Notice that about December, 2015, in the upper chart the Zestimate is clearly below $3M, and in the second chart the value is clearly below $3M !

last modified 11/4/16

Monday, November 9, 2015

The Zillow Bump

For readers of this blog, my fascination with the audacity of Zillow is not new.  If you will recall, I wrote in September, 2014, that Zestimates from Zillow are Worthless by showing that there is no rhyme or reason to the numbers that they publish as the "market value" to a home. I posted many updates to that post.  I have now observed a variation on this that further supports this hypothesis.

My first example is a home that had a Zestimate of $1,700,000.  Then, on March 4, 2015, this home was listed for sale for $3,780,000.   You can see from the chart below what has happened to the Zestimate for this home primarily based upon the home being placed on the market:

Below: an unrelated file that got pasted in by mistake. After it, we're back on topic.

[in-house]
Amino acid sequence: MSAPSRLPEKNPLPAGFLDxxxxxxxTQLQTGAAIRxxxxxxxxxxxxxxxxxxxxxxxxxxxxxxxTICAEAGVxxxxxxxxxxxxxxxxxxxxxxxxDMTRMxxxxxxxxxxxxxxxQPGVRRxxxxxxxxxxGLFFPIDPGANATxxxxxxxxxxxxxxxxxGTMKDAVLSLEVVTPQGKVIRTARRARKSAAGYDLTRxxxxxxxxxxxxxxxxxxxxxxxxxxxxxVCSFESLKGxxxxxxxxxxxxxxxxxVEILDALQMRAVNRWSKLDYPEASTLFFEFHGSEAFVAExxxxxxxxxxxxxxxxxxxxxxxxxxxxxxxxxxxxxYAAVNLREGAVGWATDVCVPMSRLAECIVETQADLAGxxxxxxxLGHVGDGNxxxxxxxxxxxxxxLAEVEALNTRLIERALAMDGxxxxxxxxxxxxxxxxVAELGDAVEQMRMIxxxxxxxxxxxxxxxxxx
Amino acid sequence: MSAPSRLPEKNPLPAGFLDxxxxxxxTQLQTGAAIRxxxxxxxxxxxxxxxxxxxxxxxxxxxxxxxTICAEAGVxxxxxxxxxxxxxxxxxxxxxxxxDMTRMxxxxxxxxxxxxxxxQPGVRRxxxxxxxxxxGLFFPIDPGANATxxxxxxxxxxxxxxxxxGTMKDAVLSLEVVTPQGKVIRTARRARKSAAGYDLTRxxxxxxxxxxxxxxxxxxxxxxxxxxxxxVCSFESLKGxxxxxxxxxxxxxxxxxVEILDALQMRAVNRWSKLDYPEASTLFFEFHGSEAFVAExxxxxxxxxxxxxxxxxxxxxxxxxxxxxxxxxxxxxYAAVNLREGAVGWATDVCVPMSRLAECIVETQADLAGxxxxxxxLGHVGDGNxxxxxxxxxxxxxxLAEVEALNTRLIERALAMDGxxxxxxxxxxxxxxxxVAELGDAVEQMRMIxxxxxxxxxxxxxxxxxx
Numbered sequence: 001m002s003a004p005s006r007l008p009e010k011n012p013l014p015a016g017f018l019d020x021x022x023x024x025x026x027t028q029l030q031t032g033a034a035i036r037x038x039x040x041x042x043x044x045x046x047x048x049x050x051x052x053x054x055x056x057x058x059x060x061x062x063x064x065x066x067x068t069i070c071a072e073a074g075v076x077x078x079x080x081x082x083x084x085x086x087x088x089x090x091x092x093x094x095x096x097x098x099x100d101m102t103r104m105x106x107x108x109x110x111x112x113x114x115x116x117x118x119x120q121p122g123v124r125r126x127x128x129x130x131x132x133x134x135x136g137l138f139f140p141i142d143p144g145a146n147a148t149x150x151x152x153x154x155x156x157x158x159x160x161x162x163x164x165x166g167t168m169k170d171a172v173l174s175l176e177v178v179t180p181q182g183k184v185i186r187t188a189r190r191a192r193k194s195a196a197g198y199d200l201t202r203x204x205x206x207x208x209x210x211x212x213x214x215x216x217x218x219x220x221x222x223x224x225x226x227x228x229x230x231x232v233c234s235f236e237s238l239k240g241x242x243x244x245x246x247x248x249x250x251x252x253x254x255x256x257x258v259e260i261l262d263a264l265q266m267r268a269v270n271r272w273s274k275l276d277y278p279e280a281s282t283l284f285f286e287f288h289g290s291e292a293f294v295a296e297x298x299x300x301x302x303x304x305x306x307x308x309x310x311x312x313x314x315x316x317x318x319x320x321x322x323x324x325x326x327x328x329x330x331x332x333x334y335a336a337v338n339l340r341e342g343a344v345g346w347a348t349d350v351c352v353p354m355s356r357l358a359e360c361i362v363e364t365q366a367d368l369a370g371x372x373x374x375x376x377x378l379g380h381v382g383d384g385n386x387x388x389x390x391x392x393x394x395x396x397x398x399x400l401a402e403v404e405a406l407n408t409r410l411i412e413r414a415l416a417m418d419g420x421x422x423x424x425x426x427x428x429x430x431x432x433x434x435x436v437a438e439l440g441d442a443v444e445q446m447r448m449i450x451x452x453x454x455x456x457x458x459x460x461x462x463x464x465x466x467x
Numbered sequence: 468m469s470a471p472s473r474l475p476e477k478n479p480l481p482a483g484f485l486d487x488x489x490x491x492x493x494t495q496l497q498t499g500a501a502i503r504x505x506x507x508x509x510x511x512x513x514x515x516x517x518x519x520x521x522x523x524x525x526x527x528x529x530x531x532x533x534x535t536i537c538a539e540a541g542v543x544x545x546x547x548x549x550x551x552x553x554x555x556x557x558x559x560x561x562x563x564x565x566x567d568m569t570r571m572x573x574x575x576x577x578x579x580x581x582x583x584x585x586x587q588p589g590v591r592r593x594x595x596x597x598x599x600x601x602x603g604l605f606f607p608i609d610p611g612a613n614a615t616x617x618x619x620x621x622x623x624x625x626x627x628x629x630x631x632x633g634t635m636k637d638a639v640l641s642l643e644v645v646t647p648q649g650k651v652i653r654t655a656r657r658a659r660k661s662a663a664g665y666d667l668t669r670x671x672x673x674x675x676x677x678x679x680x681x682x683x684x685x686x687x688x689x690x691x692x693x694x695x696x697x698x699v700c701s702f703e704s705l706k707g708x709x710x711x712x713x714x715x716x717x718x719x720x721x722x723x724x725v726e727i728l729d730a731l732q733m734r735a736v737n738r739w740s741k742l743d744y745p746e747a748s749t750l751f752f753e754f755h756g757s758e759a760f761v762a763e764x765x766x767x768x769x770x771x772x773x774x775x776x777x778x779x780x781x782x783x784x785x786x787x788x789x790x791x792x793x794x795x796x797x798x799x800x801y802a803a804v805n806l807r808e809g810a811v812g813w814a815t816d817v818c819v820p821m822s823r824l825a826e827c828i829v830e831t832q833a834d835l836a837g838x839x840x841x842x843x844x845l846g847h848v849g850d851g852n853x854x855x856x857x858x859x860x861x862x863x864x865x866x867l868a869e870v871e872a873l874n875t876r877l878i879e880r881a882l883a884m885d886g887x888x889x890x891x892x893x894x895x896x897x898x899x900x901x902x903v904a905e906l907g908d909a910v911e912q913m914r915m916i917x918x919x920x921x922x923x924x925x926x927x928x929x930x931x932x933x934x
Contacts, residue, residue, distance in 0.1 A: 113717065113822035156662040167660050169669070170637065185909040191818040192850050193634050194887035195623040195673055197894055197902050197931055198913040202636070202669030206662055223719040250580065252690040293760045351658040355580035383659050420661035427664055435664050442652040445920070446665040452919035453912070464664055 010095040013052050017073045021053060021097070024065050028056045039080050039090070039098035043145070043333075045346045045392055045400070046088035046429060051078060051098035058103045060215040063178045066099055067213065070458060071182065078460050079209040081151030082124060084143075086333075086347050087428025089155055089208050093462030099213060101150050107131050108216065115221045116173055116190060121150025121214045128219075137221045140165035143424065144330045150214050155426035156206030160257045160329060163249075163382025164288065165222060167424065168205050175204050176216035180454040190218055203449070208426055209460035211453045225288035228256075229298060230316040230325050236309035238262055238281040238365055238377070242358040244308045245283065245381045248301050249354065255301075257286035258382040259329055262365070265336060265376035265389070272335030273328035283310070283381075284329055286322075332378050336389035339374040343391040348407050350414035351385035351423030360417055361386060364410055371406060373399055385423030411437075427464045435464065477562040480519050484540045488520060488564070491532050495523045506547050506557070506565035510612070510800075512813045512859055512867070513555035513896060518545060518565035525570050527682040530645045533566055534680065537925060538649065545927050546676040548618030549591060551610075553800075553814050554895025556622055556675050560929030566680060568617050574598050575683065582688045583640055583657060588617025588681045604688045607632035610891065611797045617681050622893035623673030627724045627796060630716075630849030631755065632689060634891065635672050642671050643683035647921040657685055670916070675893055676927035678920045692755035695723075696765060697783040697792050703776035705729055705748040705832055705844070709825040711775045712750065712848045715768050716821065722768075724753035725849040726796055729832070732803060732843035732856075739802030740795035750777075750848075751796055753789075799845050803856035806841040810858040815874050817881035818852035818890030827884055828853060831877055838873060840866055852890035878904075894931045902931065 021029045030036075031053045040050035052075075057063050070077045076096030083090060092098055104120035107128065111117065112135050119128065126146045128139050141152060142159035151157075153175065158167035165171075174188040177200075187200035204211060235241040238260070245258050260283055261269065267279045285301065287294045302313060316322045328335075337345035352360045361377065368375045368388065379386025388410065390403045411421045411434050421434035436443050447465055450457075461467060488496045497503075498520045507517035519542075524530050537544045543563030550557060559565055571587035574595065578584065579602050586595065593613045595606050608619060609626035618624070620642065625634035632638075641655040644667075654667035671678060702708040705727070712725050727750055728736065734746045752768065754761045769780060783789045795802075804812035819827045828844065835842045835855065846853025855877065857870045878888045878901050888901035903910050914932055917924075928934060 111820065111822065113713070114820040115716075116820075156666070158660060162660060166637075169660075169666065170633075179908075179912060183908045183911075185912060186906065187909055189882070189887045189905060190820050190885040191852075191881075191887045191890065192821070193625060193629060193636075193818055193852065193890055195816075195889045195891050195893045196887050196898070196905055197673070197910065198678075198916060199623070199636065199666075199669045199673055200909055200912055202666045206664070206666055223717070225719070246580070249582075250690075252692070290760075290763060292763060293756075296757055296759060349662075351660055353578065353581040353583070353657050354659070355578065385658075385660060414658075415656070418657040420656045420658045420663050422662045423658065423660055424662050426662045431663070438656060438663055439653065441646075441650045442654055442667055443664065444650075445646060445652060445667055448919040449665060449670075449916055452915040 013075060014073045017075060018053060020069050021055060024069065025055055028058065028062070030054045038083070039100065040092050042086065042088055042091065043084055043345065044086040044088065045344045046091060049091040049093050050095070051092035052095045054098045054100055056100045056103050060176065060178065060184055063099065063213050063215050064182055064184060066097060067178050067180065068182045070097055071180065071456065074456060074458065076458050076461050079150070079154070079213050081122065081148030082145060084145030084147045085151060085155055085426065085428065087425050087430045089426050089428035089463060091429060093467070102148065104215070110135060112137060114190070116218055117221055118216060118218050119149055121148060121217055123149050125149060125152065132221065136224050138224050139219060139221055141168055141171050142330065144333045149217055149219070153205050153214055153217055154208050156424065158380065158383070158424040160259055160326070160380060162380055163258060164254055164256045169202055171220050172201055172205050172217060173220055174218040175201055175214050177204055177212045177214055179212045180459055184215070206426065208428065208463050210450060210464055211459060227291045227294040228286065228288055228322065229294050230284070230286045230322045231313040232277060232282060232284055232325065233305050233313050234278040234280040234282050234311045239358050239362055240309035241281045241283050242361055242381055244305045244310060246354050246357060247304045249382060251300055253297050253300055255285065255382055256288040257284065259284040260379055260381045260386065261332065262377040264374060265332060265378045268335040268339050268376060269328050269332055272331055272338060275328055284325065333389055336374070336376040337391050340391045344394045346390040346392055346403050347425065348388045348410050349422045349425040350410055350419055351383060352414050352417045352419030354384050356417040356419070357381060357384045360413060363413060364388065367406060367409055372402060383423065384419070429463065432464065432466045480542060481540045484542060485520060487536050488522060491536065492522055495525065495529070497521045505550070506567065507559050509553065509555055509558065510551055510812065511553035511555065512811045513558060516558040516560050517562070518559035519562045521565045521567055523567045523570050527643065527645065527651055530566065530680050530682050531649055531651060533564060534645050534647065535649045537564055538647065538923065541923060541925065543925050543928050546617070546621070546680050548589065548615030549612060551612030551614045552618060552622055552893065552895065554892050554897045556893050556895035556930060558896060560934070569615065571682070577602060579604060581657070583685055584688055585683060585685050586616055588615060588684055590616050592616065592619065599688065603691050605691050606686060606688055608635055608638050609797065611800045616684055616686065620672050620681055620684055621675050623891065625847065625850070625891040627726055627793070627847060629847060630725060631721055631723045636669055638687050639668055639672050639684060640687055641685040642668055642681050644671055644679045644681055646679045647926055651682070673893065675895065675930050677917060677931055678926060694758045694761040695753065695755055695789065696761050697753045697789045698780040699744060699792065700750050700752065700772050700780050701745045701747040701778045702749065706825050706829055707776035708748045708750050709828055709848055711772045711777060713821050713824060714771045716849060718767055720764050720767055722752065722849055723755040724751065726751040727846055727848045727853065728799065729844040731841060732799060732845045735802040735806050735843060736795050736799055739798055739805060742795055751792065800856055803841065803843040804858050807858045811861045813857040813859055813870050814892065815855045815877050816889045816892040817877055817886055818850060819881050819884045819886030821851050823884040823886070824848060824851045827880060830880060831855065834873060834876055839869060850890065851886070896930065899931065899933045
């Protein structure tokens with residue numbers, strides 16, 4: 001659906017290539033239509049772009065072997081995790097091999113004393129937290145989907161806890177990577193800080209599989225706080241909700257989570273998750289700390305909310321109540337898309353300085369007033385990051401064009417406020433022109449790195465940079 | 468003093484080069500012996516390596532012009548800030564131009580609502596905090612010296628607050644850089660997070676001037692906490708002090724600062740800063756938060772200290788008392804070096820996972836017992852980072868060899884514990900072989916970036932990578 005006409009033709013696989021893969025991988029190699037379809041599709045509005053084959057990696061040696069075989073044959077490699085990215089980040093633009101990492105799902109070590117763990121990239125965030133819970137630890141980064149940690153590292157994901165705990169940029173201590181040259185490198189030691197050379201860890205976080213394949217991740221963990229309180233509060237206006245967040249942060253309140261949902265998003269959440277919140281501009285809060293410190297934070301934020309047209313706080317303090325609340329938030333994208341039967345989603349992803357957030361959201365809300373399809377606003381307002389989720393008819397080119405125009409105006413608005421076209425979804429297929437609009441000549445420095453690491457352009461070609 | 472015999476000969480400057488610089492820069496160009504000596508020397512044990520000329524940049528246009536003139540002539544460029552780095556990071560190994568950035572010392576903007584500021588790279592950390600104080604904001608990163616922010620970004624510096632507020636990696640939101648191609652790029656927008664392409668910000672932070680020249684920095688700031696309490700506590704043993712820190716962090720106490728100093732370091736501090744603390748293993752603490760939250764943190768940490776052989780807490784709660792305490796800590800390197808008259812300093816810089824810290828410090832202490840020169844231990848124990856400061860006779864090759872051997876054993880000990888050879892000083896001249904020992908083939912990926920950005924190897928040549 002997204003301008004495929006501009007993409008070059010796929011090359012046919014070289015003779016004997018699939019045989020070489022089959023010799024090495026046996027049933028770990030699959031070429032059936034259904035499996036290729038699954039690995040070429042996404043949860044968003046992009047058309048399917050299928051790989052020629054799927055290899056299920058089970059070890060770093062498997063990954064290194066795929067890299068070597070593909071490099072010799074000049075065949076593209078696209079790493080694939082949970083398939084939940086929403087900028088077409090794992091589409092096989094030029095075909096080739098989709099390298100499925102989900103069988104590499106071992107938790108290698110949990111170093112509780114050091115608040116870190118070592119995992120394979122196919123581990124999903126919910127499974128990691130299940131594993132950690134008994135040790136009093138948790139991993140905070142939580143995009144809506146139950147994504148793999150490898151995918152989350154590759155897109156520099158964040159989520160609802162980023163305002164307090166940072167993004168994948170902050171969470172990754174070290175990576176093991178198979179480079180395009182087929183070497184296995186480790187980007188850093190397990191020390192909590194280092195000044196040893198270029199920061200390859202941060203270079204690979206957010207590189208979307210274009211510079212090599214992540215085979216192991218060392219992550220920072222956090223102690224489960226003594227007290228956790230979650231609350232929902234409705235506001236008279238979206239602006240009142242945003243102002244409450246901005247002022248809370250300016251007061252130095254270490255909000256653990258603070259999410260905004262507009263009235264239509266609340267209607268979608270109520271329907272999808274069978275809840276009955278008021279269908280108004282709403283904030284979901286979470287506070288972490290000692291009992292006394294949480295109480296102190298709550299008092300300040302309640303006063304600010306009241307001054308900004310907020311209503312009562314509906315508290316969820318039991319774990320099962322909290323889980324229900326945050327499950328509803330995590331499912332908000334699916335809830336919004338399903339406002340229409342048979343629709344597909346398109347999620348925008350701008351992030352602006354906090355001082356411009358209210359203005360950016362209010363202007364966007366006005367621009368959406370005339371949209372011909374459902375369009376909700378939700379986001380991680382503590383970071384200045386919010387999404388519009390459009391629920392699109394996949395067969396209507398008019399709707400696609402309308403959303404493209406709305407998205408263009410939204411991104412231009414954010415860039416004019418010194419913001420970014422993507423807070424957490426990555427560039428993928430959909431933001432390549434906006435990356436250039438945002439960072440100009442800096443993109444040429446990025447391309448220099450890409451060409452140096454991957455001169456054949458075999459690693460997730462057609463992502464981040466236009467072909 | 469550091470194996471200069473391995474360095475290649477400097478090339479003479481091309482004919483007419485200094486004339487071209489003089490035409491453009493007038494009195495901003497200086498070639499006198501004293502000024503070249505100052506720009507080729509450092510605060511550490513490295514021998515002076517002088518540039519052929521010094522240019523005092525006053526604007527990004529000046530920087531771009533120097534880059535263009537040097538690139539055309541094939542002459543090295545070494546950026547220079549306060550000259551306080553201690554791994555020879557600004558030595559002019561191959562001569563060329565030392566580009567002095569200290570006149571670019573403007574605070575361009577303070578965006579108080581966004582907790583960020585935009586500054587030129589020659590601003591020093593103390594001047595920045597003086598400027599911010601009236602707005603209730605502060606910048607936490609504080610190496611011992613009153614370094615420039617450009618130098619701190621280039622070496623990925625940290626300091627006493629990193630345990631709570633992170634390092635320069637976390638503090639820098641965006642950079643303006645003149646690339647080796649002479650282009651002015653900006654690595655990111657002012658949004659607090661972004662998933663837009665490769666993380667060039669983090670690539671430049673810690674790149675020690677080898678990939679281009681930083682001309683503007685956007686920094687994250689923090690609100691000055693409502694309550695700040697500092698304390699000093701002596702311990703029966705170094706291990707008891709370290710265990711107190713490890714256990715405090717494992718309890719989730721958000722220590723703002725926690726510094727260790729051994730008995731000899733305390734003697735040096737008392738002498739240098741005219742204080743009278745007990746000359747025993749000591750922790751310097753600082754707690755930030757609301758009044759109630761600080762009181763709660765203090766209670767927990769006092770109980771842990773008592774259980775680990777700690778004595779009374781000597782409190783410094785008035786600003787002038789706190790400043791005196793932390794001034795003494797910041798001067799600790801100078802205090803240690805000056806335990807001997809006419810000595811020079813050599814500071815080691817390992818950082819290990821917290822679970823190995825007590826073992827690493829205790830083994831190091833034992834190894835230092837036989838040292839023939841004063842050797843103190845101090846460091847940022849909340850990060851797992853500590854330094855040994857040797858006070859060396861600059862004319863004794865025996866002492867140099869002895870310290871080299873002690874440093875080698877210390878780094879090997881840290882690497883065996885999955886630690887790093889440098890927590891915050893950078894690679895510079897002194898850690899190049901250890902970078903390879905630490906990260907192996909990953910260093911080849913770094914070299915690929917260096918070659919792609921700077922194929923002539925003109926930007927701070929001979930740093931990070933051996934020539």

Five months later, in August, 2015, the Zestimate had zoomed to $3,358,700.  This is almost a 100% rise in the Zestimate.  Subsequently, on September 11, 2015, the listing for the home was shown as a pending sale, On October 28, 2015 the home closed at $3,300,000. As of November 9, 2015,  only two weeks later the Zestimate dropped by $385,600  to $2,973,100.  What could possibly be the explanation of this bump? My hypothesis was that it would be too obvious if Zillow increased the Zestimate to match slightly less than the listing price on an immediate basis, but rather gradually increase the Zestimate, so that by the time of the sale a number of months later the Zestimate would rise enough in the interim to more closely correlate to the sale price.